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DCT6412 Hard Drive Upgrade? - Page 6

post #151 of 438
Quote:
Originally Posted by chs4000 View Post

After swapping in the 1TB formatted drive, it indeed shows up as a 1TB drive in the diagnostics screen, it calls it "1000GB", but shows remaining recording capacity of about 40GB, 75% full, after recording with both tuners (HD content) all evening & overnight. It's acting as if it's a 160GB drive in that respect. I don't know what to do next, perhaps just keep filling it up and see what happens at 100%. It'll probably just start deleting older recordings to keep it at 160GB, even though it shows in the diagnostics screen that it is aware it has a 1000GB formatted drive to work. Think I did something wrong?

It sounds like your cable box rejected the image and reformatted to 160 GB, which is odd b/c it reportedly can't work with drives larger than 1 TB...
Maybe what it can't handle is formatting external drives larger than 1 TB.

Perhaps the largest it will look at is 1000GB, but that doesn't necessarily mean that all of that space is formatted for its use.

Which image did you load, and how did you go about it?
And also, can you post the Diagnostics menu numbers for total remaining bytes, and the bytes used by the System, GPFS, DVR Content and DVR Index?

I wonder if the hard drive geometry needs to be much closer to the Western Digital drives that are being used by me and DCTneo...
post #152 of 438
Quote:
Originally Posted by TNO821 View Post

Which image did you load, and how did you go about it?
And also, can you post the Diagnostics menu numbers for total remaining bytes, and the bytes used by the System, GPFS, DVR Content and DVR Index?

I wonder if the hard drive geometry needs to be much closer to the Western Digital drives that are being used by me and DCTneo...

I will get you the information you requested. I followed the Active@ Disk Image (Windows-based) procedure, and it took about five hours to format the 1.5TB drive. I do have a 1TB drive I can try, a Western Digital "WD10EALS". Doing my best right now to liberate it of its data, so I can reformat it using the 1TB image.
post #153 of 438
post #154 of 438
Yeah, it certainly decided to reformat the drive to 160 GB.

The fact that it displays 1000 GB doesn't really mean anything (and in this case, it means even less because the drive is really 1500 GB).

I ran a quick test where I popped a totally zeroed-out 250 GB hard drive in my DVR and it formatted it to 160 GB and still showed 250 GB on the Diagnostics screen.

So, for some reason, your DVR decided to reject the image and reformat it to 160 GB. The question is why...
Maybe the Seagate 1.5 TB drive was just too different from the Western Digital 1 TB drive that was used to generate the image.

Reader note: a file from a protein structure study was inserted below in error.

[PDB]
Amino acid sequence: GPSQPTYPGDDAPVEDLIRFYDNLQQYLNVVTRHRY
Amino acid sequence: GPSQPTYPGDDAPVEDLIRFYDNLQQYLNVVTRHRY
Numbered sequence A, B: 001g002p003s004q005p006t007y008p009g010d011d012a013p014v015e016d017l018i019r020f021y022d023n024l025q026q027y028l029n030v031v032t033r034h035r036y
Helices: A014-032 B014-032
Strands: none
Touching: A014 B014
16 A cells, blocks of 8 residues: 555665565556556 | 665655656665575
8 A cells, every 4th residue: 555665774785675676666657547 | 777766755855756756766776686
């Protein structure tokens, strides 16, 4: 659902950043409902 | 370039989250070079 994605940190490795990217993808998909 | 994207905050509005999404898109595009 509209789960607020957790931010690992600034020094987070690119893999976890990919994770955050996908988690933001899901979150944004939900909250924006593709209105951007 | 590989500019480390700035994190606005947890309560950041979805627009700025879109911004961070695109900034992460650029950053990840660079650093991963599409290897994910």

Or maybe it goes back to the warning that the Motorola's don't like drives larger than 1 TB (I'm a bit skeptical of this).

I'll try to devise a test.
post #155 of 438
Image write to the 1TB WD10EALS has commenced! ETA of five hours.

Is there any practical way I can upgrade the firmware from 18.76, or is there probably no benefit to this? The DVR I have seems to work fine with 18.76, but I don't know if I'm missing out on any features.
post #156 of 438
Quote:
Originally Posted by TNO821 View Post

Yeah, it certainly decided to reformat the drive to 160 GB.

The fact that it displays 1000 GB doesn't really mean anything (and in this case, it means even less because the drive is really 1500 GB).

I ran a quick test where I popped a totally zeroed-out 250 GB hard drive in my DVR and it formatted it to 160 GB and still showed 250 GB on the Diagnostics screen.

So, for some reason, your DVR decided to reject the image and reformat it to 160 GB. The question is why...
Maybe the Seagate 1.5 TB drive was just too different from the Western Digital 1 TB drive that was used to generate the image.

Or maybe it goes back to the warning that the Motorola's don't like drives larger than 1 TB (I'm a bit skeptical of this).

I'll try to devise a test.

Are you sure both of your DVR's are using the same firmware/software levels?
Heck-they might have made changes to the filesystem or partition layout between releases and maybe the system say a problem like your image is a newer version than his dvr expected. They usually have versioning built into filesystems. I dunno, but this would for sure cause a problem, kinda like expecting Windows 1.0 to read a NTFS filesystem.
post #157 of 438
Quote:
Originally Posted by chs4000 View Post

Image write to the 1TB WD10EALS has commenced! ETA of five hours.

Is there any practical way I can upgrade the firmware from 18.76, or is there probably no benefit to this? The DVR I have seems to work fine with 18.76, but I don't know if I'm missing out on any features.

No, there is no way to update the firmware. The cable company is in complete control of that.

I doubt there are any substantial differences between your version 18.76 and my version 18.77.